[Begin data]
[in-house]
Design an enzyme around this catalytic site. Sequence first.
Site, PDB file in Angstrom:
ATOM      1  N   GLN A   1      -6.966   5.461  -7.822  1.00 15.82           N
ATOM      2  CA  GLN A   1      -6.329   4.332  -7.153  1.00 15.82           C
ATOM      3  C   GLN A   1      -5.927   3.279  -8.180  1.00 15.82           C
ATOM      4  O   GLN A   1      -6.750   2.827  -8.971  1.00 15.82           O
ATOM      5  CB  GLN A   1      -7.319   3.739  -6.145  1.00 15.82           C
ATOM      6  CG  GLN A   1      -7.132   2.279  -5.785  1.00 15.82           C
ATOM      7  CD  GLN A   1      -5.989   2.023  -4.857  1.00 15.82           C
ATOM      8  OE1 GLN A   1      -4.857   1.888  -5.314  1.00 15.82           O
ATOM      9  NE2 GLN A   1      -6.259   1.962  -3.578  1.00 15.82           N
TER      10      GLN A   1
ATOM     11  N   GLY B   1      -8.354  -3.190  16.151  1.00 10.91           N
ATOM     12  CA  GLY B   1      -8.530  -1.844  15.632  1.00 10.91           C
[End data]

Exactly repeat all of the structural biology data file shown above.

[in-house]
Design an enzyme around this catalytic site. Sequence first.
Site, PDB file in Angstrom:
ATOM      1  N   GLN A   1      -6.966   5.461  -7.822  1.00 15.82           N
ATOM      2  CA  GLN A   1      -6.329   4.332  -7.153  1.00 15.82           C
ATOM      3  C   GLN A   1      -5.927   3.279  -8.180  1.00 15.82           C
ATOM      4  O   GLN A   1      -6.750   2.827  -8.971  1.00 15.82           O
ATOM      5  CB  GLN A   1      -7.319   3.739  -6.145  1.00 15.82           C
ATOM      6  CG  GLN A   1      -7.132   2.279  -5.785  1.00 15.82           C
ATOM      7  CD  GLN A   1      -5.989   2.023  -4.857  1.00 15.82           C
ATOM      8  OE1 GLN A   1      -4.857   1.888  -5.314  1.00 15.82           O
ATOM      9  NE2 GLN A   1      -6.259   1.962  -3.578  1.00 15.82           N
TER      10      GLN A   1
ATOM     11  N   GLY B   1      -8.354  -3.190  16.151  1.00 10.91           N
ATOM     12  CA  GLY B   1      -8.530  -1.844  15.632  1.00 10.91           C